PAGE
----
Pleurodesis with talc is the most common way to achieve a sealing of the pleura space because it is inexpensive and not very invasive for the patient. If the doctor sees any reason why a patient would not react well to chemical pleurodesis a surgeon may seal the pleural space mechanically. This is much more invasive and may cause complications common to surgery in general, such as infection or bleeding. To perform this procedure, the surgeon uses an abrasive, like gauze or a brush to cause irritation and inflammation.

Mesothelioma Candidates for Pleurodesis

Not all patients with mesothelioma and pleural effusion are good candidates for undergoing a pleurodesis. One way that a medical team may determine if a patient could benefit from a pleurodesis is to drain fluid using thoracentesis first. If the fluid rebuilds rapidly, the patient may need a pleurodesis as a more permanent method for eliminating and preventing fluid buildup.

If the tumors have spread extensively throughout the pleura, these strategies for sealing the pleural space may not be effective. If a patient is in a late stage of the cancer, it may be better to have an occasional, less-invasive thoracentesis to remove fluid and to avoid surgery. Patients who are undergoing other types of surgery to treat mesothelioma, such as an extrapleural pneumonectomy will not likely need a pleurodesis.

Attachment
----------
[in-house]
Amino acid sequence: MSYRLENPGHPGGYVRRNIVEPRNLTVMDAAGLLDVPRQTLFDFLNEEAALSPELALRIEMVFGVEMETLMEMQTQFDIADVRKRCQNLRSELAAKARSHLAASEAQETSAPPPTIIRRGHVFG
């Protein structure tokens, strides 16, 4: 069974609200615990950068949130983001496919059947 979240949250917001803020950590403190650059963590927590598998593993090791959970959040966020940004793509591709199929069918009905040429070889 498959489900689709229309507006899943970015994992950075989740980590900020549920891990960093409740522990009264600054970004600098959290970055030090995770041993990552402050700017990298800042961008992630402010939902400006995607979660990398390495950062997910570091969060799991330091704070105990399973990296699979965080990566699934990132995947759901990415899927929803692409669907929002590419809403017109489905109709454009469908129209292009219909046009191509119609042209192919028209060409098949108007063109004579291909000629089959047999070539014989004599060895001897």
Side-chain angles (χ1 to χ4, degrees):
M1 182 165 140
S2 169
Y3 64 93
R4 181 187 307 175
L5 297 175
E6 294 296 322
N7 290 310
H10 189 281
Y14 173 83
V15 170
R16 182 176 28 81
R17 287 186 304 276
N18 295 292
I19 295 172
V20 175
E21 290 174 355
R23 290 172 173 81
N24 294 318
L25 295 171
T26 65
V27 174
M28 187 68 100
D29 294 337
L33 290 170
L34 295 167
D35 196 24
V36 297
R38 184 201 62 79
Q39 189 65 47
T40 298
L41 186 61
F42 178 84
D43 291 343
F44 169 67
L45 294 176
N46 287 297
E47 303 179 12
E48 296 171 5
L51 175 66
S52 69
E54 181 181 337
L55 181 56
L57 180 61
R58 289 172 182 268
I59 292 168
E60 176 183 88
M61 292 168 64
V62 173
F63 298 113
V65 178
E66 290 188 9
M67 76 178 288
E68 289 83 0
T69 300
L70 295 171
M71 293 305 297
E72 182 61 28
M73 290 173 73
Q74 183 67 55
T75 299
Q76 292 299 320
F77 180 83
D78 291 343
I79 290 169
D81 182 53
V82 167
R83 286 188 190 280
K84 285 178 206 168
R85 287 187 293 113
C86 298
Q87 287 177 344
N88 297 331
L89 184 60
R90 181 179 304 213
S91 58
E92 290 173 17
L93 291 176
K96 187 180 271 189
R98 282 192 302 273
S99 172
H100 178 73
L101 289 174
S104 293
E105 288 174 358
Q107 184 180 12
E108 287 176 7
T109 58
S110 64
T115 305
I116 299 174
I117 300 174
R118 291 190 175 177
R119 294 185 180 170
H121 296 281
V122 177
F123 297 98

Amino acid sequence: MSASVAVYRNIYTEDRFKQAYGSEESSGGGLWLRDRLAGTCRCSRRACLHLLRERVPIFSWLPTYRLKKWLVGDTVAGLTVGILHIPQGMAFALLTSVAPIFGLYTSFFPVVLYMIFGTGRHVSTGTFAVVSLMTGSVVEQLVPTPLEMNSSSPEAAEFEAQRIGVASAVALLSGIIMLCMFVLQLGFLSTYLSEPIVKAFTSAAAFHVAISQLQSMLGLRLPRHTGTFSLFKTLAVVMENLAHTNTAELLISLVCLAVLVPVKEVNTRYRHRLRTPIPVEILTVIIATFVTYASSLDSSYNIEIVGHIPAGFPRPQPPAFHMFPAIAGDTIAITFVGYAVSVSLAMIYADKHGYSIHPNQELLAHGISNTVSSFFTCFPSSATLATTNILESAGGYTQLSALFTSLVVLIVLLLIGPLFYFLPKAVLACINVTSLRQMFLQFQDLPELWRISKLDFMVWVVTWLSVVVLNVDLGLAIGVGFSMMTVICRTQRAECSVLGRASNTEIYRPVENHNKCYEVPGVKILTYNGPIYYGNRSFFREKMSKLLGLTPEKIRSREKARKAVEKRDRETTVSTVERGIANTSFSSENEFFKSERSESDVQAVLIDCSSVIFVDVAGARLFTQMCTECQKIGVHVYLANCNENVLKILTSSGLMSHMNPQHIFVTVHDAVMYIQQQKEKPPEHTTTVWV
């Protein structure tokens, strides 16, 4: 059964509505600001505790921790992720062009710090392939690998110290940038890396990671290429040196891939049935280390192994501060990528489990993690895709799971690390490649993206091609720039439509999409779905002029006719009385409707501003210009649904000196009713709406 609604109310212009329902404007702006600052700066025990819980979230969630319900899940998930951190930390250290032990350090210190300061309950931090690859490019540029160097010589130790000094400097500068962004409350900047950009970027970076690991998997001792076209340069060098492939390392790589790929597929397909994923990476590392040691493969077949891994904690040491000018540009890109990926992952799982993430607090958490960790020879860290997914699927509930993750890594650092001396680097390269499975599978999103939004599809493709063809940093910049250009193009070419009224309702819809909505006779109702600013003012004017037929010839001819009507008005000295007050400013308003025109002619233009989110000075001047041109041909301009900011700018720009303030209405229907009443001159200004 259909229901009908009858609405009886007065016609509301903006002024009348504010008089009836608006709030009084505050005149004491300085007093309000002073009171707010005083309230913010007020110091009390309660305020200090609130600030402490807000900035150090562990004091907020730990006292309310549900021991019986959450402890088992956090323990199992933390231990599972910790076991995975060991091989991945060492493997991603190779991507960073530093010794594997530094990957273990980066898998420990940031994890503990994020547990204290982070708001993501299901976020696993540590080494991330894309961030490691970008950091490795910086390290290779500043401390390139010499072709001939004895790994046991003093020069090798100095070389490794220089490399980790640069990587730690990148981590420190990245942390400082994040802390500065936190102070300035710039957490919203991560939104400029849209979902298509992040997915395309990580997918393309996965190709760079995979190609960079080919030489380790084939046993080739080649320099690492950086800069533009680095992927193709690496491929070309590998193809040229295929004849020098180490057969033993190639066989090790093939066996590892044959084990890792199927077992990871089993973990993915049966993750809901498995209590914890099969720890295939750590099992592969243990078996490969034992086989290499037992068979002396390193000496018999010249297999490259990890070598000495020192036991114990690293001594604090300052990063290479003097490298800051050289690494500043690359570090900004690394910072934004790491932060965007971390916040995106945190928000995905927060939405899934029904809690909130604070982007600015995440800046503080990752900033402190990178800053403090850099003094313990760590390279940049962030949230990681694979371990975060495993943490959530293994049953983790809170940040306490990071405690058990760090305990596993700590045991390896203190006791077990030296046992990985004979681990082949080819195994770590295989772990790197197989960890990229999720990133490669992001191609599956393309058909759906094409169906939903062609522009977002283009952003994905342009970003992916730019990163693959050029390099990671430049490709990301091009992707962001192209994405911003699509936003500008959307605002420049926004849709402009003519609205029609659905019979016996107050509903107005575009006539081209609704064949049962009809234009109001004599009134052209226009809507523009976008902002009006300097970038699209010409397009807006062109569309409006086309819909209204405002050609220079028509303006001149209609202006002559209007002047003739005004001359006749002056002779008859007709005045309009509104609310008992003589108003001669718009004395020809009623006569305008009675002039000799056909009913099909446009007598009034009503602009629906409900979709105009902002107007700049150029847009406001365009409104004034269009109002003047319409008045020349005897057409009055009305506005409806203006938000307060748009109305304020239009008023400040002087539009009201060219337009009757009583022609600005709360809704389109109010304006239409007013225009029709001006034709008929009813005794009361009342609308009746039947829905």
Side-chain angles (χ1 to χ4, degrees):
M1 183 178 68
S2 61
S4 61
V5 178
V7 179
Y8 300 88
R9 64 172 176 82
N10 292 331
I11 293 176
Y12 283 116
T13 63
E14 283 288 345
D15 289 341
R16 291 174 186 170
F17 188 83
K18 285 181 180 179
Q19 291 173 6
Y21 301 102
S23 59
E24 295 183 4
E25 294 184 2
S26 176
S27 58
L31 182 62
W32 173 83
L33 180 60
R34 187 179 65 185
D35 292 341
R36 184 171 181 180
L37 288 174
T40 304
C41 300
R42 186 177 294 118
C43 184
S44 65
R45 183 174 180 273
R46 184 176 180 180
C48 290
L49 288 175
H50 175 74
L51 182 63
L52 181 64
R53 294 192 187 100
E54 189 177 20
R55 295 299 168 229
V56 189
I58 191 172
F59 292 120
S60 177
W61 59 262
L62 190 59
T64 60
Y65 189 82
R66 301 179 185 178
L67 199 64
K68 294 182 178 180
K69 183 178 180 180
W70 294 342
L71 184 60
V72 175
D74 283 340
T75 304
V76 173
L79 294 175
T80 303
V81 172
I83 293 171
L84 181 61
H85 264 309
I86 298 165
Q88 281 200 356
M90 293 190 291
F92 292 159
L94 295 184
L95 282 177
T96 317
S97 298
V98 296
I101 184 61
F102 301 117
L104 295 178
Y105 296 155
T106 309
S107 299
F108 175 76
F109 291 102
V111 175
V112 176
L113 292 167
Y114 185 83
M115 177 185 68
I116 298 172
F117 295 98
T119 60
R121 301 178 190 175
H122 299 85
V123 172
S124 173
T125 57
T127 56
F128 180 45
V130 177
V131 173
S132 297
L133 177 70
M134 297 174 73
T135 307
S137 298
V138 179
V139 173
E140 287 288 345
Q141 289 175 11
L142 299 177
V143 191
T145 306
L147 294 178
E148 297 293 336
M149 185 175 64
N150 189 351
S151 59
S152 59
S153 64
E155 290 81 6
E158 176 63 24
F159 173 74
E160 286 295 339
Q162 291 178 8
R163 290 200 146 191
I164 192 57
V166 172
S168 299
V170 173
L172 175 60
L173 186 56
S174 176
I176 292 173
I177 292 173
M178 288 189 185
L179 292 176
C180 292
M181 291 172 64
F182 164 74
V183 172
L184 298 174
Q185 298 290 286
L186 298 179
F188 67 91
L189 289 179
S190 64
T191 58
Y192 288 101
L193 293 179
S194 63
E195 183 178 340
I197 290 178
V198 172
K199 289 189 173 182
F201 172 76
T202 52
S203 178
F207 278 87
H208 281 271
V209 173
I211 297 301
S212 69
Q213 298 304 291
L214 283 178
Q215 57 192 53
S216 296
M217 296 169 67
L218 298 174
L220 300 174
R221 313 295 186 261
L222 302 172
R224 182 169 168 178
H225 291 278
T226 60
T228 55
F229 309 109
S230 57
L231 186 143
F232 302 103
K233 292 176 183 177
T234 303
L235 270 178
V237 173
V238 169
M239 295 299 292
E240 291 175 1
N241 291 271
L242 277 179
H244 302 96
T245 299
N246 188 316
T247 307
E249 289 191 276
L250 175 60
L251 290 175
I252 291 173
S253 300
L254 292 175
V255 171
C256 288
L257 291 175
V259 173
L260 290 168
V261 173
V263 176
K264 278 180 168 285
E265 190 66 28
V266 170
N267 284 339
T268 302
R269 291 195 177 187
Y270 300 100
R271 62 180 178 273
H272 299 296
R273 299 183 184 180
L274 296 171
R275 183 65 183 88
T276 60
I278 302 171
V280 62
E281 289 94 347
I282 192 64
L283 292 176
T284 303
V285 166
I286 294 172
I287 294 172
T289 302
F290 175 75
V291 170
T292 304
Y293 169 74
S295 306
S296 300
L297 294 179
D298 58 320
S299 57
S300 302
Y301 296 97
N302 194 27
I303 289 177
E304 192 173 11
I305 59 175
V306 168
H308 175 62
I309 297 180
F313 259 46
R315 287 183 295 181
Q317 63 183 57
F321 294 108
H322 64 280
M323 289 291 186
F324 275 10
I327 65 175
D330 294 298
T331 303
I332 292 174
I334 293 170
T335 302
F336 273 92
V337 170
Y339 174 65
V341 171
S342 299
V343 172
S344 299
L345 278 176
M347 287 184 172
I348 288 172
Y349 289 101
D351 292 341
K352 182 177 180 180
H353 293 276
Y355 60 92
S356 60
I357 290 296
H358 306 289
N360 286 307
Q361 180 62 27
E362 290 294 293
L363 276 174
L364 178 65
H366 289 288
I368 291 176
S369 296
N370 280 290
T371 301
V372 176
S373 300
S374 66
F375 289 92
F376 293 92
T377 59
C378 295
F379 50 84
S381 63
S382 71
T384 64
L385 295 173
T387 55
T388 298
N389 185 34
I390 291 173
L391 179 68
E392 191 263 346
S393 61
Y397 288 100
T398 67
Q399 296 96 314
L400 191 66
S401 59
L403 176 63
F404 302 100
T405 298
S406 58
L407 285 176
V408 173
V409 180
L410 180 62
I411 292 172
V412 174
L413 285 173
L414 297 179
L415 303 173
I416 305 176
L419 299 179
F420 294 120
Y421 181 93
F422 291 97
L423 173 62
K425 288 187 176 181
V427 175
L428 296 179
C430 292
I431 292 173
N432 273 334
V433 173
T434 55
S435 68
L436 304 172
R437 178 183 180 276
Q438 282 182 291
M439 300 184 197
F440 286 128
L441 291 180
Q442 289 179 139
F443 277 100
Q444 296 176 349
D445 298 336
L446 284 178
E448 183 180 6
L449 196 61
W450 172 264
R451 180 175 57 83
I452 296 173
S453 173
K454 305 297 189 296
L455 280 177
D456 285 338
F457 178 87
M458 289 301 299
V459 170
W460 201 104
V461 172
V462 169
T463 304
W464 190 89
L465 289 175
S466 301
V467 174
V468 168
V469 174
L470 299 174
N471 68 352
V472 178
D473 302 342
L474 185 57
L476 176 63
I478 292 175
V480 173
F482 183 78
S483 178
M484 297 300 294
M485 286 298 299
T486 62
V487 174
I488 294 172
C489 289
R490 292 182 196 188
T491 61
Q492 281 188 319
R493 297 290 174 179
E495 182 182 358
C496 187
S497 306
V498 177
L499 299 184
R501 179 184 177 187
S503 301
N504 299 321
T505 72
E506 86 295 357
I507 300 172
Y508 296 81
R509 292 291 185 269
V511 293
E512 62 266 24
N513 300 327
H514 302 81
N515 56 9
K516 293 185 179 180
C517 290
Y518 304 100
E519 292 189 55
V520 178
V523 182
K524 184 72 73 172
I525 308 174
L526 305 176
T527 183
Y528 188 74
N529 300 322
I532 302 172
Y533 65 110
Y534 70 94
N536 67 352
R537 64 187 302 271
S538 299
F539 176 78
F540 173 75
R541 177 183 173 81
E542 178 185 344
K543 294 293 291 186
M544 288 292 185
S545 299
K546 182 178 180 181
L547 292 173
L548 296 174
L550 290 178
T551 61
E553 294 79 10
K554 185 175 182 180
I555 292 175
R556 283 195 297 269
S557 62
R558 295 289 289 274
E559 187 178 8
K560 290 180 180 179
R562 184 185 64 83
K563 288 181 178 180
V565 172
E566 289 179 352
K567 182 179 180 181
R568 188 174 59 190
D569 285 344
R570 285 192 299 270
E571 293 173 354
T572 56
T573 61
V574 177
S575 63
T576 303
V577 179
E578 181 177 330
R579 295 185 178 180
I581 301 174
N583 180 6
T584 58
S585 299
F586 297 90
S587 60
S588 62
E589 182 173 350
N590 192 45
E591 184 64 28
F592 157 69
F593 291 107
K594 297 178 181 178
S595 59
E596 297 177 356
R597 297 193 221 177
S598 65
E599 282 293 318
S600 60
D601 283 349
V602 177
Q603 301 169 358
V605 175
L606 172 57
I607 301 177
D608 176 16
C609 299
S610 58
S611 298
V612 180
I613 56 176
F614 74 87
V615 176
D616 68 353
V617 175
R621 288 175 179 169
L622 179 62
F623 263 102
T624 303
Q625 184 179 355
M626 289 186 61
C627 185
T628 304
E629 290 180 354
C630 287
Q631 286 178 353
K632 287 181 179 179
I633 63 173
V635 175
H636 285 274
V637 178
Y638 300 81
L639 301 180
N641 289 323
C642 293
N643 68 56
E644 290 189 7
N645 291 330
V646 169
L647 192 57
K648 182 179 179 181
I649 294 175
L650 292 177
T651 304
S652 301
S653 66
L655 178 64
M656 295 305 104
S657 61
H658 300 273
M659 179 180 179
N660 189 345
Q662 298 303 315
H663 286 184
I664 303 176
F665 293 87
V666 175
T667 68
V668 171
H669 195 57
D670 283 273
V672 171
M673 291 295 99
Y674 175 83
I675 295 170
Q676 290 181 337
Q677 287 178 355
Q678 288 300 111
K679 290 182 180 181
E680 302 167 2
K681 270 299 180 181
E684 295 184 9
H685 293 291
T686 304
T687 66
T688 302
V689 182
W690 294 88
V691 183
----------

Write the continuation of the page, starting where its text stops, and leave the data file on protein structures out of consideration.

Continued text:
As with any procedure, there are potential risks and complications with a pleurodesis. Some patients may react badly to the procedure and may experience chest pains, an infection, and a fever. More rarely the procedure may cause respiratory distress or cardiovascular problems. Pain is the most common side effect of pleurodesis, but patients can be given painkillers, anti-anxiety medications, or an epidural prior to beginning. It is also possible that a malignancy will grow along the insertion site. This is called seeding and it can be avoided by applying radiation to the area soon after the pleurodesis.


Recovery from pleurodesis should not take long for most patients, especially if there are no complications associated with the procedure. The vast majority of patients respond favorably to pleurodesis. Within a few days patients should be feeling better and breathing more easily. In rare cases the pleurodesis may fail, meaning it did not adequately seal the pleural space and the pleural effusion may recur. If it doesn’t work the pleurodesis may be repeated or the patient may be given the option to try other treatments, such as having a shunt surgically installed to drain fluids regularly.

Pleural effusion is a common complication of mesothelioma, but it is also a very uncomfortable one. Treating it will not help treat the cancer, but it can make a big difference to how a patient feels and in improving quality of life. If you are suffering from regular pleural effusions, talk to your doctor about your options and the possibility of having a pleurodesis or other procedure that will help you live more comfortably.

Page Edited by Dave Foster

Dave has been a mesothelioma Patient Advocate for over 10 years. He consistently attends all major national and international mesothelioma meetings. In doing so, he is able to stay on top of the latest treatments, clinical trials, and research results. He also personally meets with mesothelioma patients and their families and connects them with the best medical specialists and legal representatives available. Connect with Patient Advocate Dave Foster